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Tuesday, March 12, 2013

A Galeotto, indeed, that book, and he who wrote it, too -- A wonderfully subtle (on Dante's part) chiding against interpreting a text before you get to the end.

Speranza

In Canto V, Francesca, is describing how she and Paolo Malatesta, her adulterous lover, fell in love, blames the book and author of the book that she was reading when they first kissed:

“A Galeotto indeed, that book and he / who wrote it, too” 

In the version of the poem of "Lancelot" that Francesca is reading, Galeotto, serves as an intermediary between Lancelot and 'la regina Ginebra'.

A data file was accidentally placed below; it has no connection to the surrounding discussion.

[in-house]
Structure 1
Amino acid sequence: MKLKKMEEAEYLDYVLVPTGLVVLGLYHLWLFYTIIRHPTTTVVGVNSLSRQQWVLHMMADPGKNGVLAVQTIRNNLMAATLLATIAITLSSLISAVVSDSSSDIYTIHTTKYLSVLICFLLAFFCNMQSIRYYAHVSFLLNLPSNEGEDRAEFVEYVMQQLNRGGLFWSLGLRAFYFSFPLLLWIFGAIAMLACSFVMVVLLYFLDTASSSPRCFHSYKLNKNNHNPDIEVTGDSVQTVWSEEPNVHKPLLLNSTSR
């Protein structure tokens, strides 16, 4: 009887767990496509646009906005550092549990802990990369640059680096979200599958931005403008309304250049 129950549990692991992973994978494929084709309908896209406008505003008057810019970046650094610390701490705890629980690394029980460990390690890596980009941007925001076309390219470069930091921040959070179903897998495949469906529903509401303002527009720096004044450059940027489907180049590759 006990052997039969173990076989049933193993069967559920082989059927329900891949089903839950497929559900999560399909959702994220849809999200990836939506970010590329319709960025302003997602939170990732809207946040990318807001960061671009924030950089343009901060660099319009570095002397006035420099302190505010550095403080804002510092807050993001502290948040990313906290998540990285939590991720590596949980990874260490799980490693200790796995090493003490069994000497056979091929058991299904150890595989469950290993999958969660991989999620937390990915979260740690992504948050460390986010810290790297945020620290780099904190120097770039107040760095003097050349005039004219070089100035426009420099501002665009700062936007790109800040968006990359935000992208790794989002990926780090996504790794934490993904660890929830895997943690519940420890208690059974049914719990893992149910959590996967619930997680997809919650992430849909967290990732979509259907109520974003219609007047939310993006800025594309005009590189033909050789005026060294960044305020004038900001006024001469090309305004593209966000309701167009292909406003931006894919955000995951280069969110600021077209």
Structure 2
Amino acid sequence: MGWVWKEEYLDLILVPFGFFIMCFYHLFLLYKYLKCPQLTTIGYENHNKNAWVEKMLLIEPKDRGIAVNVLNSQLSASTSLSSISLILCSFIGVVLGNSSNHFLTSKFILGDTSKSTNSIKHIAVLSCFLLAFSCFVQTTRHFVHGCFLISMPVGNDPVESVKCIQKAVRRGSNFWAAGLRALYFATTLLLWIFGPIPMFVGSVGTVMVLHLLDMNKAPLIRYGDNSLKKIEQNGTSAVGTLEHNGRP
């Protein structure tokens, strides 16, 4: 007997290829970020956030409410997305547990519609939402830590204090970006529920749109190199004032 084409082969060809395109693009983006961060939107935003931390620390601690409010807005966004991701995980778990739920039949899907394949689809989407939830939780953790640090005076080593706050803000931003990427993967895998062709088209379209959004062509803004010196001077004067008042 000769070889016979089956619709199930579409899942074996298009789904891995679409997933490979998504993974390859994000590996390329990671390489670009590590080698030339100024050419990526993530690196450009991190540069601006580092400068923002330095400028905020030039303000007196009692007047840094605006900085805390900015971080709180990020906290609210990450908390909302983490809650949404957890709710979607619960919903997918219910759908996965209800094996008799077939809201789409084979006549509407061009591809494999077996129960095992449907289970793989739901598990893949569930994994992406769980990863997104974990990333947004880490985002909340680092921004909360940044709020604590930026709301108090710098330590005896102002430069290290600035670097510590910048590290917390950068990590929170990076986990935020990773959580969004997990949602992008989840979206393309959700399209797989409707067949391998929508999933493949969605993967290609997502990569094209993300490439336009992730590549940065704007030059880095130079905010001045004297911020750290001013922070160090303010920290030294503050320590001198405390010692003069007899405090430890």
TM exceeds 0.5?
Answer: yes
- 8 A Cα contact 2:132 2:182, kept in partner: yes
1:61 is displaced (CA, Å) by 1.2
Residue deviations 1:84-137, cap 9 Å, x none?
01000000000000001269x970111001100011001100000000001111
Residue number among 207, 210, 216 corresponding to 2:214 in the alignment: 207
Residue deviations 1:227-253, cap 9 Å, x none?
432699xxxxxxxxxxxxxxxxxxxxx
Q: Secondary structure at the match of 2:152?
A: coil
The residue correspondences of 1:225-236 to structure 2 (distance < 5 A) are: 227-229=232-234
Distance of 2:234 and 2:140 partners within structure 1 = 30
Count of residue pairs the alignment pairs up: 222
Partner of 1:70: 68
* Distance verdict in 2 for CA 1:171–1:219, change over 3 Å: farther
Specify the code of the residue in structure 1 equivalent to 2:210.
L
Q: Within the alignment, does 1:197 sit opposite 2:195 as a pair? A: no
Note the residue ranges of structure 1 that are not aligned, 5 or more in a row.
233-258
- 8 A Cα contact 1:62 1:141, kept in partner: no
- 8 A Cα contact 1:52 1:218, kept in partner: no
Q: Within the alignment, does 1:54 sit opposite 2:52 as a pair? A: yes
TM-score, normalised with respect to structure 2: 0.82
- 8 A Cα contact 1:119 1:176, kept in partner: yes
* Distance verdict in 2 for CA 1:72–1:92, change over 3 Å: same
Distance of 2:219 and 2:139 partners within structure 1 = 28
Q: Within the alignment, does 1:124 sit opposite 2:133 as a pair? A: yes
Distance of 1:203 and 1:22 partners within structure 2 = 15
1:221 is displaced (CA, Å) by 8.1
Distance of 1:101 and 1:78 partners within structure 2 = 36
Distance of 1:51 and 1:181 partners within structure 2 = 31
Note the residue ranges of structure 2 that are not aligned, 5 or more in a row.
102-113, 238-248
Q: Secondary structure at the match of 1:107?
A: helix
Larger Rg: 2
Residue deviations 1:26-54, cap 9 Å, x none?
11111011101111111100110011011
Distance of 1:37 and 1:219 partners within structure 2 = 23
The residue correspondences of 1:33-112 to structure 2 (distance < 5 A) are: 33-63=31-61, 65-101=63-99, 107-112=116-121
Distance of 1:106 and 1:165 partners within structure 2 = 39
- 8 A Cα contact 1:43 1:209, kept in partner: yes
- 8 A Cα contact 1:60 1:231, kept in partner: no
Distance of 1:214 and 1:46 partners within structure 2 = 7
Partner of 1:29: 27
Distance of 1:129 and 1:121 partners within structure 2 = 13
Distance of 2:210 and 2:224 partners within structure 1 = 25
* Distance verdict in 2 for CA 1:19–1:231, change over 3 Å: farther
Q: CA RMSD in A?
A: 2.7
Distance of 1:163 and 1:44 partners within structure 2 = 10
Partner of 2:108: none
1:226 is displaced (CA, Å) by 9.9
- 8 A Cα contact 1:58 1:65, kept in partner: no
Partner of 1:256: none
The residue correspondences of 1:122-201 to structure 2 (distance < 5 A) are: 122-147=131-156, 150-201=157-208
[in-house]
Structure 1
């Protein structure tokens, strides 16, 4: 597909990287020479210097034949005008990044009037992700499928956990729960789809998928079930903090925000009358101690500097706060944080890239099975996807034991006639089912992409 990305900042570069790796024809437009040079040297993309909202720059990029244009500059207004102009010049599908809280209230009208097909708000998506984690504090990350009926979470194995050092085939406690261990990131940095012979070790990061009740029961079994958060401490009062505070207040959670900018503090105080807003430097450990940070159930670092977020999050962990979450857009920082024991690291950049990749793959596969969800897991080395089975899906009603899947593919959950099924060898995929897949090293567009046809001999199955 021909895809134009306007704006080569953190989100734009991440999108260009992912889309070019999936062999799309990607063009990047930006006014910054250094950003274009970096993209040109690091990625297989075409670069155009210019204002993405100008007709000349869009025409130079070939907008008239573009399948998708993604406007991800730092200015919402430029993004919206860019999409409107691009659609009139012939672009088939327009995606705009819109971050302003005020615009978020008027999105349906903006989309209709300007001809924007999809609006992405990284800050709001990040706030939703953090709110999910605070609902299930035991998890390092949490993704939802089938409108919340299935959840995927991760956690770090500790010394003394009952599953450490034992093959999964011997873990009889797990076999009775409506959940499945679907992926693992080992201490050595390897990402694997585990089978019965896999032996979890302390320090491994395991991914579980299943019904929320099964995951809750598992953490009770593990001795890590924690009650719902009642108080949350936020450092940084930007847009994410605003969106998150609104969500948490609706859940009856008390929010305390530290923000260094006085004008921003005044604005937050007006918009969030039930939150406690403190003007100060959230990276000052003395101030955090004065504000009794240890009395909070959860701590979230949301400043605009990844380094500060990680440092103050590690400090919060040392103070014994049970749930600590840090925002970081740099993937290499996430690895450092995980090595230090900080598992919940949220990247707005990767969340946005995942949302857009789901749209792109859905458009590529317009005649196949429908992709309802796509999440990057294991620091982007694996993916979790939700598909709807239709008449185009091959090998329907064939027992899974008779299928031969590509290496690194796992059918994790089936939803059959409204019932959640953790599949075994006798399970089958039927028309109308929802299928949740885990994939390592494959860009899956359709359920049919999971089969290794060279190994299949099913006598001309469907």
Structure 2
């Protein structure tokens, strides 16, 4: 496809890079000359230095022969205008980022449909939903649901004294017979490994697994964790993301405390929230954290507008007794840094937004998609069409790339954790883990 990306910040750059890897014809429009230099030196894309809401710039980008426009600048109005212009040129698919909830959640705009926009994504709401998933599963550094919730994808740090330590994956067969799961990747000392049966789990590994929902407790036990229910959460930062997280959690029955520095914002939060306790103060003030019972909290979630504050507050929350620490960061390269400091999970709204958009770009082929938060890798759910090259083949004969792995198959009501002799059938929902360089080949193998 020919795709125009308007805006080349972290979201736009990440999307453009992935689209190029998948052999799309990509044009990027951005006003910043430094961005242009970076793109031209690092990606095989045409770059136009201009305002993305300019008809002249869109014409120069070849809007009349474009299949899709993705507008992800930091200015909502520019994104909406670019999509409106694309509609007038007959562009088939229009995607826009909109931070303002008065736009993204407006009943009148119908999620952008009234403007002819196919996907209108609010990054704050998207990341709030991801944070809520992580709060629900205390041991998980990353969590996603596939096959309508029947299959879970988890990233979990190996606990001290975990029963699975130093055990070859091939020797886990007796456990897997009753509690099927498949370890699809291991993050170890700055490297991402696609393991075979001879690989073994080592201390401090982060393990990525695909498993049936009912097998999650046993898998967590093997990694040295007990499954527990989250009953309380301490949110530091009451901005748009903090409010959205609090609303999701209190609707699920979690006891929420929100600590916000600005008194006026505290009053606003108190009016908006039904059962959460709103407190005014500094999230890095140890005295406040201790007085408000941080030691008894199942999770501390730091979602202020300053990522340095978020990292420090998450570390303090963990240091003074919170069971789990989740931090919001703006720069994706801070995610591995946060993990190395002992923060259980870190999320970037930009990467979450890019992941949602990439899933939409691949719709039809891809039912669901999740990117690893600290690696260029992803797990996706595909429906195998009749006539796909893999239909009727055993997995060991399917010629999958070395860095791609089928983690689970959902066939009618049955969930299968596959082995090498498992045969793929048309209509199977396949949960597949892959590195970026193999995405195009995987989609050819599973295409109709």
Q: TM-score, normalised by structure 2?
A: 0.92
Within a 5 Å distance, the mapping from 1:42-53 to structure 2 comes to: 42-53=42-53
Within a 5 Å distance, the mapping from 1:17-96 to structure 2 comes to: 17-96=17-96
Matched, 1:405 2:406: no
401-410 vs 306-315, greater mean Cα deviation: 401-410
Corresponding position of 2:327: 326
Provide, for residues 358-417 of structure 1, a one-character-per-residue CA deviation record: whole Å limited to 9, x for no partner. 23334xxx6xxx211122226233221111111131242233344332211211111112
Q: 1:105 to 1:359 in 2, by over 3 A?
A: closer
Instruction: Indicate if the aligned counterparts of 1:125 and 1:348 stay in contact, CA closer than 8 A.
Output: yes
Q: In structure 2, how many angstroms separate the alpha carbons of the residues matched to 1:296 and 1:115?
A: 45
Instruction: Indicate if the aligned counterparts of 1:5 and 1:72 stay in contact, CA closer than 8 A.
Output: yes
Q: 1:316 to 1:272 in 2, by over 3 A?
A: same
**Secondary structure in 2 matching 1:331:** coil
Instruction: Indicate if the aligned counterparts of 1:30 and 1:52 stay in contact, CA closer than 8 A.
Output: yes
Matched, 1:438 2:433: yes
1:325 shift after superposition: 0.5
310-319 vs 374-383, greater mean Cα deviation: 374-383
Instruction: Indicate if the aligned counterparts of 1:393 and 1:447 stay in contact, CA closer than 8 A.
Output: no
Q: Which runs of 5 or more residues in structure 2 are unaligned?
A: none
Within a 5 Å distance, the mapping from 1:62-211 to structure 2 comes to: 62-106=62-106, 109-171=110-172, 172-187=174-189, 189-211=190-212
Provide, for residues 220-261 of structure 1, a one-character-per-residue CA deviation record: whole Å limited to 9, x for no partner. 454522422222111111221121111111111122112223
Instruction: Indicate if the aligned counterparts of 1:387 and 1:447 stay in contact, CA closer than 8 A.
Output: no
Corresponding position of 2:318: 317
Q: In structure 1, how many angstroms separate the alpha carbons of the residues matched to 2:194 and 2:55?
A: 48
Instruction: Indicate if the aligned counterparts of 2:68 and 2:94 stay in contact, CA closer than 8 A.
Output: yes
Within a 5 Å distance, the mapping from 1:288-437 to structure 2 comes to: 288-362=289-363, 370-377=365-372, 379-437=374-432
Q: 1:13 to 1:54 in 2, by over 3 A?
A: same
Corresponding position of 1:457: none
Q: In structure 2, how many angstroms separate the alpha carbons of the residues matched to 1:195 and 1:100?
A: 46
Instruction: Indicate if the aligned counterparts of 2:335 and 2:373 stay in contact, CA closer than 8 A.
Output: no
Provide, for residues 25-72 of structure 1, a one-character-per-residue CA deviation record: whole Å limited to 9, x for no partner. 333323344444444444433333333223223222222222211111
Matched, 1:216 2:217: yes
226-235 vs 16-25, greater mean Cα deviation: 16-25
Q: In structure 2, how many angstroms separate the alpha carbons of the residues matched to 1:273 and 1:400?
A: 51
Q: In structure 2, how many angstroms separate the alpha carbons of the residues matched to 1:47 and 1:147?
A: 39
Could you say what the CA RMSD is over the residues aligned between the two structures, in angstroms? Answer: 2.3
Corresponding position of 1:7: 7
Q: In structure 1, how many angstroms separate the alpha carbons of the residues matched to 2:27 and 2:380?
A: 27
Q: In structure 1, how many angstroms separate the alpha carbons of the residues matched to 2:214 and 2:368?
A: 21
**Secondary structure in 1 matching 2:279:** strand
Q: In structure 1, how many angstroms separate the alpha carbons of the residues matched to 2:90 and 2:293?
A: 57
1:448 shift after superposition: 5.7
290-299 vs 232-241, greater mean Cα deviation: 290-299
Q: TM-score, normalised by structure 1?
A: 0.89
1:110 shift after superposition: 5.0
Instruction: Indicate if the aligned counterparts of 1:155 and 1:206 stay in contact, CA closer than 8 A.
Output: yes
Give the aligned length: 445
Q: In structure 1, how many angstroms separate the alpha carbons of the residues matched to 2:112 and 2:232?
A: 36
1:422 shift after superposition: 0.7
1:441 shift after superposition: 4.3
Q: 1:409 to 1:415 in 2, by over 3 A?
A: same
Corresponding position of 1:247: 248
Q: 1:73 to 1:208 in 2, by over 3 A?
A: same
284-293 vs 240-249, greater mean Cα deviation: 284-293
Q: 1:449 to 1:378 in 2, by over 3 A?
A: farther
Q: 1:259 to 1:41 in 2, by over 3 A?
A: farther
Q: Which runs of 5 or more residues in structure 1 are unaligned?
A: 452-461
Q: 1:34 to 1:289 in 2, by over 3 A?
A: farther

Francesca slides the blame for her kissing Paolo and entering into adultery onto the book and its author.


However, if she’d gotten slightly farther, as opposed to getting distracted by kissing, she’d have gotten to the bit which basically said, adultery, a bad idea, don’t do it.   Thus, Francesca’s excuse for adultery -- "the book it made me do it" -- is a wonderfully subtle (on Dante’s part) chiding against interpreting a text before you get to the end. Or for that matter blaming an author for your sins.

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